One of the most tragic and devastating tsunami in recent history occurred on 26th December 2004 just off the Indonesian province of Bande Aceh. Waves up to 30 m high battered the coastlines of Indonesia, Thailand, India, Sri Lanka and the Maldives, leaving about 300,000 people dead or missing. Whilst destructive tsunamis such as this are relatively infrequent, tsunami are common in the Pacific Ocean and can affect all of the Pacific island countries. This is because the Pacific basin is surrounded by the “Ring of Fire”, a series of tectonic plate boundaries associated with high earthquake and volcanic activity.
What is a Tsunami?
A tsunami (a Japanese word meaning “harbour wave”) is a series of waves, travelling at speeds of over 800 km/h in the deep ocean and often going unnoticed. They travel harmlessly until they reach the shallow water of a coastline where they slow down and steepen, cresting to heights of more than 10 m and can crash with devastating force across the shore, flooding low-lying areas and causing death and severe destruction.
Any disturbance that shifts a large volume of water away from its normal position can generate a tsunami.
The most common cause of a tsunami is an offshore earthquake, which can cause the sea floor to abruptly lift or subside. This can disturb the overlying water column and possibly lead to a tsunami.
Backwash - Another danger from Tsunami waves is that they bring a large volume of seawater onto the land. When the water flows back out it may carry people out to sea.
Wrap around - Tsunamis tend to align themselves parallel to the shoreline so they wrap around headlands, sand spits and even whole islands, so that it can be just as dangerous on coasts not facing the tsunami source.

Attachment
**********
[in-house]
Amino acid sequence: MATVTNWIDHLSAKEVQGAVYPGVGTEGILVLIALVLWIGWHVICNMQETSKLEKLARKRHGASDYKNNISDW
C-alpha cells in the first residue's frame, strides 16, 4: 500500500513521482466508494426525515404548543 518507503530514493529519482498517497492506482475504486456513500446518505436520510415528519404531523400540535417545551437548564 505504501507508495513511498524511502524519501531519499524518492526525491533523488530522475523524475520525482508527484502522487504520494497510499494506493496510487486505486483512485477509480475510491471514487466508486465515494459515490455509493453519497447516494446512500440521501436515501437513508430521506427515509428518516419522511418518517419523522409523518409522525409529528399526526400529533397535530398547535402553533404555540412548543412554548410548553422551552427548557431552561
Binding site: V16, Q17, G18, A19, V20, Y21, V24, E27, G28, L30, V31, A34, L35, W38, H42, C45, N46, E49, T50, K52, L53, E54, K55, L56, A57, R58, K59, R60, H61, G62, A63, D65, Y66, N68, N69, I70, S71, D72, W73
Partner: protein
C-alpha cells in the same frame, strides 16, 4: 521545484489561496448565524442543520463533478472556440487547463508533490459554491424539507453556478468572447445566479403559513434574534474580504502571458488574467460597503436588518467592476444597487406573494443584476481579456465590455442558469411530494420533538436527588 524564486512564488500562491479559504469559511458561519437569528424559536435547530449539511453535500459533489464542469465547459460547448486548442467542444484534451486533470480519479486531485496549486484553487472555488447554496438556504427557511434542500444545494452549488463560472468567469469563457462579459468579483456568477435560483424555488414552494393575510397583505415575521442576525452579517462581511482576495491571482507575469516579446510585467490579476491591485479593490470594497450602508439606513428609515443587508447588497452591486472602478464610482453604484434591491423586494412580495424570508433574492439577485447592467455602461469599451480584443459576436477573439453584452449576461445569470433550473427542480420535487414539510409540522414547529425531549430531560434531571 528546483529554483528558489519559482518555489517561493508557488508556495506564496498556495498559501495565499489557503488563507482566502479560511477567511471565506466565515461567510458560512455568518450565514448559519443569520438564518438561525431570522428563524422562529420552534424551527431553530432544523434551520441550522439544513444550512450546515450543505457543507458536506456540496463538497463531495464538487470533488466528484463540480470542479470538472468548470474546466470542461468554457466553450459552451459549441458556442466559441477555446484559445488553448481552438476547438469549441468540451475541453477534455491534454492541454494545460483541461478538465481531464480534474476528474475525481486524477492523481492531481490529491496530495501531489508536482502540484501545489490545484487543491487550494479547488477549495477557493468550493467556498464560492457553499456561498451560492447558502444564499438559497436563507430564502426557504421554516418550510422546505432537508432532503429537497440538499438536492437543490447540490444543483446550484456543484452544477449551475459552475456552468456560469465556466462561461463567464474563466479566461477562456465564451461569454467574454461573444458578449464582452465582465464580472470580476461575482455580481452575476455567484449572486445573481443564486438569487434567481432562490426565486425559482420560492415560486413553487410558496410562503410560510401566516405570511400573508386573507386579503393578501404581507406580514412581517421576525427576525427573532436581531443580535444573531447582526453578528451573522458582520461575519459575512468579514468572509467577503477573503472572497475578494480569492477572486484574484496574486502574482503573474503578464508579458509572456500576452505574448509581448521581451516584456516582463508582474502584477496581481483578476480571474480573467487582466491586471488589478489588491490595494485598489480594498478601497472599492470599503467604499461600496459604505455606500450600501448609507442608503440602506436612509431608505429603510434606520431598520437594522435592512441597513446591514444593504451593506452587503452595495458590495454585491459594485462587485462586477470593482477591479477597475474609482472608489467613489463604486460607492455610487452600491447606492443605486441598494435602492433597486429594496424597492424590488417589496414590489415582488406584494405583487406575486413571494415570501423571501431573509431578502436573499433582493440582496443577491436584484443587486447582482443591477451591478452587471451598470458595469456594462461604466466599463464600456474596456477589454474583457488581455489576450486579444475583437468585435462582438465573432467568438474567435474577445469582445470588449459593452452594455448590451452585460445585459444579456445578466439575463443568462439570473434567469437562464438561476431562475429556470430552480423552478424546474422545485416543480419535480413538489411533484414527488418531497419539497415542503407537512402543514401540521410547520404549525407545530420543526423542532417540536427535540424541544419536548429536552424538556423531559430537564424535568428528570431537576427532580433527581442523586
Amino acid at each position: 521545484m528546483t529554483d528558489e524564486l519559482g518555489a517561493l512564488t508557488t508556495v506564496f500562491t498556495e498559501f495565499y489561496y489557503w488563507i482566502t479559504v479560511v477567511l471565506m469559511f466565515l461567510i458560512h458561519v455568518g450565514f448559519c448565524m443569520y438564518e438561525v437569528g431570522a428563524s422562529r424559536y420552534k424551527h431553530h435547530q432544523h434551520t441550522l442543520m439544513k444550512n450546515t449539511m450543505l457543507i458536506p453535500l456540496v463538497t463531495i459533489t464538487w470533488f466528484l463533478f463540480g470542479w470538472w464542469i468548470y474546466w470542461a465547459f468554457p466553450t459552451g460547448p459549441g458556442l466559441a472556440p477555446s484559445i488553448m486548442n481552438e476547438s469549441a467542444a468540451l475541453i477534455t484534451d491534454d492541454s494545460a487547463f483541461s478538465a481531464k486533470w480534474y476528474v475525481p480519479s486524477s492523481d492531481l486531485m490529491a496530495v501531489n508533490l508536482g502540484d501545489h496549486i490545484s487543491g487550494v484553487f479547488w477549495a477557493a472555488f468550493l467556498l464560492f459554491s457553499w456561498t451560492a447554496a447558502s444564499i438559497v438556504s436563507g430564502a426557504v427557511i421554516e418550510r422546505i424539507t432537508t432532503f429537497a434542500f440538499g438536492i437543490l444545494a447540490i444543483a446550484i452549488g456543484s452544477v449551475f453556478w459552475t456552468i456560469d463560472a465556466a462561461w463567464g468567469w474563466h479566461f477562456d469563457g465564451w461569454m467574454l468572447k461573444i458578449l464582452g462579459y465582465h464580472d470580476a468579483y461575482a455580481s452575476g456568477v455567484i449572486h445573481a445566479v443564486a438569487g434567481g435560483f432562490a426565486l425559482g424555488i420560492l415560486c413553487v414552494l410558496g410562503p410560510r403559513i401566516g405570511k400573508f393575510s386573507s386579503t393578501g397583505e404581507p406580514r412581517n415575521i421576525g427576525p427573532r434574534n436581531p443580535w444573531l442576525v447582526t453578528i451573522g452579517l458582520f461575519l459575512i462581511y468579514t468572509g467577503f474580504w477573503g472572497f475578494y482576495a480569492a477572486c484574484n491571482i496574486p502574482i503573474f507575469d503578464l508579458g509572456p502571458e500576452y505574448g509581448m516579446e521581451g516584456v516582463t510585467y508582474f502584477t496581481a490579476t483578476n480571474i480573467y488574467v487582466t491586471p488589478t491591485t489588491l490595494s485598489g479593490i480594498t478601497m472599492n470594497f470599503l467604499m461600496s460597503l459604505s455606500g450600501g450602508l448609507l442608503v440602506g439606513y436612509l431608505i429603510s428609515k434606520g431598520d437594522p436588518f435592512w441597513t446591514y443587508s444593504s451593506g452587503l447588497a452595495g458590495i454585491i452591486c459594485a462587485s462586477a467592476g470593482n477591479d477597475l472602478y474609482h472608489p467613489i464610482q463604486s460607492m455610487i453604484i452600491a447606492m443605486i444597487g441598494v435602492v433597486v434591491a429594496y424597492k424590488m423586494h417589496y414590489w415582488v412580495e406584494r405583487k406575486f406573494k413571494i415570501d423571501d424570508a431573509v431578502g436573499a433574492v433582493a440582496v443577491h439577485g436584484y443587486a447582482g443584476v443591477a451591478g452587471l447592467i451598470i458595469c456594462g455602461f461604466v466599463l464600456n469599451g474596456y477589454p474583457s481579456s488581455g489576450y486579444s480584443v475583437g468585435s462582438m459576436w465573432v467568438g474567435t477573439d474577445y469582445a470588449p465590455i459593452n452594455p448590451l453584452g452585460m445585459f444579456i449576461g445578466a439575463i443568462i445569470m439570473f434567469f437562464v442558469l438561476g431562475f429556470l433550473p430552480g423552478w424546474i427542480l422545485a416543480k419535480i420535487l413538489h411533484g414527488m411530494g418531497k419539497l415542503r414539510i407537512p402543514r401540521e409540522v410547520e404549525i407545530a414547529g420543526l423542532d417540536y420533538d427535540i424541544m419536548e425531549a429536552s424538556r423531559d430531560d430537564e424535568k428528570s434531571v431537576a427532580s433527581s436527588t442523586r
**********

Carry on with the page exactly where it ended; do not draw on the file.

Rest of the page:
The Pacific Tsunami Warning Centre (PTWC) in Hawaii detects and provides warnings of potentially damaging Pacific wide tsunami. While warnings of far-source / ocean-wide tsunami can be given well in advance of the tsunami arriving, unfortunately, warnings cannot be given about a near-source tsunami because it can reach shore within 10-20 minutes of the earthquake or eruption that caused it. This was the case with the 17 July 1998 event in Aitape, Papua New Guinea.
Similarly, a submarine volcanic eruption creates an upward force that lifts the water column above the volcano leading to the generation of a tsunami. A submarine landslide can also generate a tsunami from the sudden down-slope movement and the slumping of sea floor sediments. These landslides are most often the result of an earthquake and are occasionally due to a volcanic eruption. In addition, coastal landslides and volcanic cone collapses that send tons of debris spilling into the water can also result in tsunami.
Coastal inundation and erosion
Tsunami can severely impact coastal areas, completely inundating low-lying coastal areas, destroying buildings, damaging infrastructure, flattening trees, churning up soil and even washing away entire villages. The inundation can also cause severe coastal erosion and affect areas upstream from the coast since tsunami waves can travel up rivers and streams from the ocean
Tsunami waves travel at 36-54 km/h in shallow water, faster than most people can run. This enormous momentum means that the force of the waves can move large rocks weighing several tons, along with boats and other debris. People can be caught up in the wave and tossed about, choking on seawater and suffering injuries due to the debris.
During major tsunami, fatalities and damage result not only from the force of the waves themselves, but also from the accompanying debris churned up as the wave surges across the shore, such as broken glass, torn metal, parts of buildings and uprooted trees.